Downton Abbey triumphs again in Hollywood

The new series of the acclaimed TV drama launched this weekend to a rapturous welcome from critics, public and Hollywood showbiz moguls. What's the magic?

The second series launched across Britain this weekend and picked up no fewer than four glittering prizes in yesterday's annual Emmy Awards in Los Angeles. The 10th biggest-selling newspaper in the world was ecstatic: 'What joy! Downton's back and as polished as the family silver' sighed the headline on the Daily Mail front page.

There followed a breathless review by their writer Jan Moir: 'Oh, Lady Grantham, forgive me. Bob, bob, curtsey. But I have just got to say what a delight it is that you and the dear Lord are back again, bringing us all the cosy thrill of this most delicious Sunday evening entertainment.'

Downton Abbey is a British television drama set on the fictional estate of Downton starring British actors Maggie Smith and Hugh Bonneville and written by the actor and writer Julian Fellowes.

The series presents Highclere Castle in Berkshire as Downton Abbey, the home of the Earl of Grantham, his American wife Cora and their three daughters, the icily beautiful Lady Mary, the tricky but feisty Lady Edith and the feminist Lady Sybil. The first series, launched a year ago, took place during the two years before World War I. In the second series it is 1916 and Downton is turned into a convalescent home.

As the programme publicity says: 'Downton Abbey portrays a world of elegance and decadence, a world of duty and obedience and a world of romance and rivalry.' All over the world, it seems, there is an unquenched appetite for British history.

The series is made by a British company Carnival Films and is broadcast on ITV. It has 12 million viewers and has won many awards. Last year ITV trebled its profits to £321 million, largely thanks to the 'the Downton effect'. Prince William and his bride have both professed to be huge fans. This year the series entered the Guinness Book of World Records as the most critically acclaimed television show in the world.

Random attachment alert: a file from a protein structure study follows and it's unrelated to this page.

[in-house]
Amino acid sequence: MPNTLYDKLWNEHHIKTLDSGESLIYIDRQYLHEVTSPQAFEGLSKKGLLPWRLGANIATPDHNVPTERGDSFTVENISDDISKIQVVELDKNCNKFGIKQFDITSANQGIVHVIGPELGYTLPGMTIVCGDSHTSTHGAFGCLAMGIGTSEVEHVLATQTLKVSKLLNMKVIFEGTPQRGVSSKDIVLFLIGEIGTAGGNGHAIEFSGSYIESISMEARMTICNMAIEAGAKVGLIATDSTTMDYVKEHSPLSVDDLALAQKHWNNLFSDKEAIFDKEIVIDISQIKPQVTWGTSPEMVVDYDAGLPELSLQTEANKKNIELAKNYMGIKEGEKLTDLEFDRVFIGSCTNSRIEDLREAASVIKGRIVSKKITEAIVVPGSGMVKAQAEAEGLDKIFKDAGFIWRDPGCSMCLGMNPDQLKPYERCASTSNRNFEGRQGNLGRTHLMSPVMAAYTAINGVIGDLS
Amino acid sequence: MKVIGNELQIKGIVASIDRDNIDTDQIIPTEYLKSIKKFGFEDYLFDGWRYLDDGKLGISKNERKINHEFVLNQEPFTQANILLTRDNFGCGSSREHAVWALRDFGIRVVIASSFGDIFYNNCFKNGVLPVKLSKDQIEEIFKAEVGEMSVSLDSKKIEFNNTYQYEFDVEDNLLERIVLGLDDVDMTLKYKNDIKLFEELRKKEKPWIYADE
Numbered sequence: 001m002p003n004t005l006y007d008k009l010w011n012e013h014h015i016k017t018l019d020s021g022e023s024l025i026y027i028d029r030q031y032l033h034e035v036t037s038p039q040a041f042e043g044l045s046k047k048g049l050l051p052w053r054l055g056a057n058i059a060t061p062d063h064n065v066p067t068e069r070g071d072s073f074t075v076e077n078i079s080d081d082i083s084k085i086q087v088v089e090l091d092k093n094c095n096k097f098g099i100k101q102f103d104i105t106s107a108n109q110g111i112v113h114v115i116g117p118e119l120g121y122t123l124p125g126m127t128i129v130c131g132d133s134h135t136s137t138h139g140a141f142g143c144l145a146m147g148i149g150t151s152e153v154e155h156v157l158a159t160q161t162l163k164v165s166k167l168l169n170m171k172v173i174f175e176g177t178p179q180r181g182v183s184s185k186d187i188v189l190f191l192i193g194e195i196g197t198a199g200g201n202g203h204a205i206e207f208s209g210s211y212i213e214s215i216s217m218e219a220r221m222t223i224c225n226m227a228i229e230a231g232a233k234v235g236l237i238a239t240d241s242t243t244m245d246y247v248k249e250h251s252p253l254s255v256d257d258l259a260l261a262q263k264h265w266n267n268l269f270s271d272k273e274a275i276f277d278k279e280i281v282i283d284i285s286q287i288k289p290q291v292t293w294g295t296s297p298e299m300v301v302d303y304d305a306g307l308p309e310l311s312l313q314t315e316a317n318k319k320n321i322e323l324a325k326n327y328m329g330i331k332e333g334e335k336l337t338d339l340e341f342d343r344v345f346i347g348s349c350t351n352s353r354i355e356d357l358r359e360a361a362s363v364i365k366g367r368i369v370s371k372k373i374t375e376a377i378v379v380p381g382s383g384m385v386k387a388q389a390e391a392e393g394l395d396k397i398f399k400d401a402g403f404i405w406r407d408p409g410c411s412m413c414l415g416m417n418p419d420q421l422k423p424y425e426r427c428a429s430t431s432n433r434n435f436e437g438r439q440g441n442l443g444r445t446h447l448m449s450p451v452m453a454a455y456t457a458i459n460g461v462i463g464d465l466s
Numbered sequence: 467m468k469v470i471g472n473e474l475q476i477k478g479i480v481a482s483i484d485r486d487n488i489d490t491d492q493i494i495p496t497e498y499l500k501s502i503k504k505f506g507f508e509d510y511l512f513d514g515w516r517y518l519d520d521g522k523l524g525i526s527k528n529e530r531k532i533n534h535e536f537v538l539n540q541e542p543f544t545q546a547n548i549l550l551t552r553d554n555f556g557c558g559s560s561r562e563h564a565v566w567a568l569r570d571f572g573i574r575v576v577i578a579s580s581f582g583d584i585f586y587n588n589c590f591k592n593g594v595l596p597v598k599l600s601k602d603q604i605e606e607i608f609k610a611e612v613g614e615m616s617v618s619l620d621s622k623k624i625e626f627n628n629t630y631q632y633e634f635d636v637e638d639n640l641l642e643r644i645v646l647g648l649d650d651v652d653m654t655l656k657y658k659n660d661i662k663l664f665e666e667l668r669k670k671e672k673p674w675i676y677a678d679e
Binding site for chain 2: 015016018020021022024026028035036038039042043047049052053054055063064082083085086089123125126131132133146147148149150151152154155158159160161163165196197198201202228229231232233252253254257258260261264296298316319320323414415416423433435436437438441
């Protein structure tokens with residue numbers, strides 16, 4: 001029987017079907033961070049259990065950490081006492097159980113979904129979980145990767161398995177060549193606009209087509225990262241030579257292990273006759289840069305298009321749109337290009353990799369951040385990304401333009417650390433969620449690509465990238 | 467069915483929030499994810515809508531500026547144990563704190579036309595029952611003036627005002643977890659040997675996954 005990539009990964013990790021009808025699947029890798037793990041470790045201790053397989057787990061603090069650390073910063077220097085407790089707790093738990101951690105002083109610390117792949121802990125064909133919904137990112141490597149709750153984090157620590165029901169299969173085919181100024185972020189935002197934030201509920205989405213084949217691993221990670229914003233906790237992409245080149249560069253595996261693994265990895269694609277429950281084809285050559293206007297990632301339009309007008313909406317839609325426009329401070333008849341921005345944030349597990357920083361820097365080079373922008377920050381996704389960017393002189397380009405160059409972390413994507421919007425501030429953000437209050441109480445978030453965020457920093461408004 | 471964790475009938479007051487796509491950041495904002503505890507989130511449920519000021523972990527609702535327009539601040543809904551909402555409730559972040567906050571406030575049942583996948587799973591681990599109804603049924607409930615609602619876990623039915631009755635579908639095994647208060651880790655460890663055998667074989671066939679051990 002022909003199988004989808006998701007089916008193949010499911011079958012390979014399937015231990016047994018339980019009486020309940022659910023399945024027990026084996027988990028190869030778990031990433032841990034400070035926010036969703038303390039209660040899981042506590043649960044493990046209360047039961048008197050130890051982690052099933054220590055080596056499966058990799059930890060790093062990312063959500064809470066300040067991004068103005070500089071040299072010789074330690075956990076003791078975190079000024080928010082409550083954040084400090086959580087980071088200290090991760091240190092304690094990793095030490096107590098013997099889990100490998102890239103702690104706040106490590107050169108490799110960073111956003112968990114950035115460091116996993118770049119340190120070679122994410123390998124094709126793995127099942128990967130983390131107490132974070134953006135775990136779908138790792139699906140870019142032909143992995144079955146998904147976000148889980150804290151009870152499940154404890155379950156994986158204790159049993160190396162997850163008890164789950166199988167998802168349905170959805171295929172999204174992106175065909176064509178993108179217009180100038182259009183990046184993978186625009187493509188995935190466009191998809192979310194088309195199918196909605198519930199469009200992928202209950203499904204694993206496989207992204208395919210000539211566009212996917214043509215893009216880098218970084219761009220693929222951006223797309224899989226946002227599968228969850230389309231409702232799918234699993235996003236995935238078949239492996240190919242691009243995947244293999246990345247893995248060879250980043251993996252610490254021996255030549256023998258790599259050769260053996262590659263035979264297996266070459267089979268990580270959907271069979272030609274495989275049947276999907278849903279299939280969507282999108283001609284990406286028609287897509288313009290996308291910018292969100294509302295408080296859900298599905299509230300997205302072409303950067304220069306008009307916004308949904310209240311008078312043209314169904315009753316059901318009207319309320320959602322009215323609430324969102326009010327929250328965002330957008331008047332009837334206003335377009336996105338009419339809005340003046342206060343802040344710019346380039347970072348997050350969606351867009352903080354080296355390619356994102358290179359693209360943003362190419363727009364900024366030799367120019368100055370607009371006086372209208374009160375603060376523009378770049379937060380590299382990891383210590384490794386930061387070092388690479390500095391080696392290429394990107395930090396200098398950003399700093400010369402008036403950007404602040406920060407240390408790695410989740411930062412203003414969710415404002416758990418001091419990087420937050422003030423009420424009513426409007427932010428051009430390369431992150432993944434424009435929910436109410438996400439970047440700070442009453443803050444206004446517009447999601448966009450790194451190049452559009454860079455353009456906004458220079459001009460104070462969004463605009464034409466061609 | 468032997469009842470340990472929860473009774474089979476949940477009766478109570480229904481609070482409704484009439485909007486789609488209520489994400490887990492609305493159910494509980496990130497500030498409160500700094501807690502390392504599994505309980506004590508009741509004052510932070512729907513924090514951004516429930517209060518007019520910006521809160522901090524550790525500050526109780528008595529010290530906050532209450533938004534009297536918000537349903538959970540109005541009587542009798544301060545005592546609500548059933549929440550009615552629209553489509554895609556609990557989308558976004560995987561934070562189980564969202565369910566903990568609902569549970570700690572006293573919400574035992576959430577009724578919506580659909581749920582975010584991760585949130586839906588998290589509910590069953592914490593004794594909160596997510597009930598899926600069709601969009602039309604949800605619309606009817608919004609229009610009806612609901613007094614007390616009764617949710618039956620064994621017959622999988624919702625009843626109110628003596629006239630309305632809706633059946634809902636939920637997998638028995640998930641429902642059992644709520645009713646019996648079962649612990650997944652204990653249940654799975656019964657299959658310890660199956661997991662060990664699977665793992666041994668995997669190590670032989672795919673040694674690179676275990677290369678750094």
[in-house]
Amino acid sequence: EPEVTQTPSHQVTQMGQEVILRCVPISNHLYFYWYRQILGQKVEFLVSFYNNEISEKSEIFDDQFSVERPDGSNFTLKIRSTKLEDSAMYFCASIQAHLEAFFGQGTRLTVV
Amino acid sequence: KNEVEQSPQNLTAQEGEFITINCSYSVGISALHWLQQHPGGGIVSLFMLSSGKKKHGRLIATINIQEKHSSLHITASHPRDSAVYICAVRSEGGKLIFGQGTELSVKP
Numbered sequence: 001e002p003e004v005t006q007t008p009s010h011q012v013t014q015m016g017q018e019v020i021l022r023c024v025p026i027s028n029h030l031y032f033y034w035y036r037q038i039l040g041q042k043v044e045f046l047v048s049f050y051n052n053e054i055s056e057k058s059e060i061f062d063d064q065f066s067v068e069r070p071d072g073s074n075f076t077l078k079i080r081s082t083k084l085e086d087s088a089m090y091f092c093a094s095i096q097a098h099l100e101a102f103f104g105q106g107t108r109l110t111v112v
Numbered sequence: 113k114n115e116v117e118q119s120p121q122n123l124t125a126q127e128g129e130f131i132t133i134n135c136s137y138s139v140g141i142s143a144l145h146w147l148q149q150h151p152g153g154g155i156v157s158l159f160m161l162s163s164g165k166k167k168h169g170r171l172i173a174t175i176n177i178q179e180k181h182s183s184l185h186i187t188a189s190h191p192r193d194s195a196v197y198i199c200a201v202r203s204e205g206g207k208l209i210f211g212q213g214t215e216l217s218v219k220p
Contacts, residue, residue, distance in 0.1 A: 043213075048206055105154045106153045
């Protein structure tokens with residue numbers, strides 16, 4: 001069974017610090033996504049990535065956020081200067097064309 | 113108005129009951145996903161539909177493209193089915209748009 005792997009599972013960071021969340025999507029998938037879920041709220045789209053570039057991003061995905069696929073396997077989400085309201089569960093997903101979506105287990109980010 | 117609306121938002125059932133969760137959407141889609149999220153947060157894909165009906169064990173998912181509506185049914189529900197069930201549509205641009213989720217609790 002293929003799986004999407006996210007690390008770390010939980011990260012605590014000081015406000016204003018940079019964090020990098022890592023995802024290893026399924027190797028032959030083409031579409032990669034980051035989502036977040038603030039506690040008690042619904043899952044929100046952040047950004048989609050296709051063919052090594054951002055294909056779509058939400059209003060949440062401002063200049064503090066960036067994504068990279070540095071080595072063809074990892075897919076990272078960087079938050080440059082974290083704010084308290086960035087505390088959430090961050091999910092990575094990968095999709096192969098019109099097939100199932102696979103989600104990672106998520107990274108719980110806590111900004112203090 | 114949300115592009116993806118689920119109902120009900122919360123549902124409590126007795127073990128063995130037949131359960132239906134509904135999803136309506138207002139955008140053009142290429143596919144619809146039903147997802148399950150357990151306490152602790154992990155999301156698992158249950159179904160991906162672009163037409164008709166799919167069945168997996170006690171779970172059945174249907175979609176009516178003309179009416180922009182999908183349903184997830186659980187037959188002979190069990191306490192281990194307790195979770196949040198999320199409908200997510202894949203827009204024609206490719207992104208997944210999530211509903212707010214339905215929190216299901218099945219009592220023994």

Form or content

What's the magic? Some think it's all style and nostalgia: the beautiful costumes, the fabulous locations, the brilliant acting and the sheer delicious escapism of sitting down with millions of other Britons at the same time on a Sunday night (plus millions of others all over the world) for a trip into the past.

Others have argued that the essential power is the content - the double love story at the heart of the drama: one between two members of the upper class, Lady Mary and Matthew, and one taking place 'below stairs' between the housemaid Anna and the valet Bates. Like Romeo and Juliet, Pride and Prejudice or Bridget Jones, these romances are beset with problems. The 'will they? won't they?' plot keeps millions on the edge of their seats.

You Decide

  1. Why isDownton Abbeyso popular? Can you explain the curious appeal of the costume drama?
  2. Is nostalgia for past times sensible or foolish?


  1. Write an opening scene for your own costume drama. When would you set it?
  2. Write a review for a piece of television that you think deserves an Emmy Award. What makes it so good?

Some People Say...

“Downton Abbey is just a cheap soap opera in petticoats.”

What do you think?

Q & A

Are the Brits best in the world at costume drama?
So it is often claimed. Earlier this year, in anObserver list of the ten best costume dramas of all time, for instance, only two were non-British.
Name some.
Brideshead Revisited (ITV), Bleak House (BBC), Upstairs Downstairs (ITV), Pride and Prejudice (BBC), I Claudius (BBC)… the list could go on and on!
Is this part of an industry?
Absolutely. Because Britain is an old country with lots of history, Britons have become very good at 'selling' the past. From Royal Weddings, to historic houses, to the Proms and costume dramas, a huge and lucrative British 'heritage industry' has been created over the past 20 years.

Word Watch

Emmy Awards
These US awards are the most prestigious prizes that can be won by a TV entertainment production. They are equivalent to the Oscars, in film.
Maggie Smith
76-year-old Maggie Smith is one of Britain's most highly respected actresses, famous for a glittering career on stage and screen, including a high-profile turn in the recent Harry Potter films.
Convalescent home
Many stately homes were partially converted for military use during World War I, either as training camps or hospitals or homes for recovering soldiers.
Below stairs
In Edwardian England, the servants' quarters were collectively known as the area 'below stairs'.

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